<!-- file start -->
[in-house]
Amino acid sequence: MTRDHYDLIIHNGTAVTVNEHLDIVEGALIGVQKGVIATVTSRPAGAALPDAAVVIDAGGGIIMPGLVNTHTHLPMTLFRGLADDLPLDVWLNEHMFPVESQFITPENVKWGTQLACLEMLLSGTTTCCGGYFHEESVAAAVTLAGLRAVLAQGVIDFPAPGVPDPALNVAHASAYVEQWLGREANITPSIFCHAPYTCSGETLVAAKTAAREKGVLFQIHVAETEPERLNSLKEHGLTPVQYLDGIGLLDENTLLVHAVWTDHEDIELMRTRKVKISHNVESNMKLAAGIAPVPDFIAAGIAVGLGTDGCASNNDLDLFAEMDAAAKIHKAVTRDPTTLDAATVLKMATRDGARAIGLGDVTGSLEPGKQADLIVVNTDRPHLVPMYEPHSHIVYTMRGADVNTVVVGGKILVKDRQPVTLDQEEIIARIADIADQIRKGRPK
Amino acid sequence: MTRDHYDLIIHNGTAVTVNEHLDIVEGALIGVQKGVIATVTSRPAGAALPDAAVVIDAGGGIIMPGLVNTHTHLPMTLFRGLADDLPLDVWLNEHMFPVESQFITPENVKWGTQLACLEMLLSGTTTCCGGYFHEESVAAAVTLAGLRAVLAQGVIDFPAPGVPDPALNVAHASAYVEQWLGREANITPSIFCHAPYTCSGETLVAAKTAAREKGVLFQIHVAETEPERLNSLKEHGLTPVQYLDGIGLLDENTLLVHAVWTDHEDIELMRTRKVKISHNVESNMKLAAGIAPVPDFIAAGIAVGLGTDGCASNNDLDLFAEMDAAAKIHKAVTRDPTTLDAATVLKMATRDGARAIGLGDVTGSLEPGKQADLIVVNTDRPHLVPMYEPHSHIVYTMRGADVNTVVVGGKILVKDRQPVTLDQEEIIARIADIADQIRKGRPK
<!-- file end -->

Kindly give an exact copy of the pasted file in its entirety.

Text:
[in-house]
Amino acid sequence: MTRDHYDLIIHNGTAVTVNEHLDIVEGALIGVQKGVIATVTSRPAGAALPDAAVVIDAGGGIIMPGLVNTHTHLPMTLFRGLADDLPLDVWLNEHMFPVESQFITPENVKWGTQLACLEMLLSGTTTCCGGYFHEESVAAAVTLAGLRAVLAQGVIDFPAPGVPDPALNVAHASAYVEQWLGREANITPSIFCHAPYTCSGETLVAAKTAAREKGVLFQIHVAETEPERLNSLKEHGLTPVQYLDGIGLLDENTLLVHAVWTDHEDIELMRTRKVKISHNVESNMKLAAGIAPVPDFIAAGIAVGLGTDGCASNNDLDLFAEMDAAAKIHKAVTRDPTTLDAATVLKMATRDGARAIGLGDVTGSLEPGKQADLIVVNTDRPHLVPMYEPHSHIVYTMRGADVNTVVVGGKILVKDRQPVTLDQEEIIARIADIADQIRKGRPK
Amino acid sequence: MTRDHYDLIIHNGTAVTVNEHLDIVEGALIGVQKGVIATVTSRPAGAALPDAAVVIDAGGGIIMPGLVNTHTHLPMTLFRGLADDLPLDVWLNEHMFPVESQFITPENVKWGTQLACLEMLLSGTTTCCGGYFHEESVAAAVTLAGLRAVLAQGVIDFPAPGVPDPALNVAHASAYVEQWLGREANITPSIFCHAPYTCSGETLVAAKTAAREKGVLFQIHVAETEPERLNSLKEHGLTPVQYLDGIGLLDENTLLVHAVWTDHEDIELMRTRKVKISHNVESNMKLAAGIAPVPDFIAAGIAVGLGTDGCASNNDLDLFAEMDAAAKIHKAVTRDPTTLDAATVLKMATRDGARAIGLGDVTGSLEPGKQADLIVVNTDRPHLVPMYEPHSHIVYTMRGADVNTVVVGGKILVKDRQPVTLDQEEIIARIADIADQIRKGRPK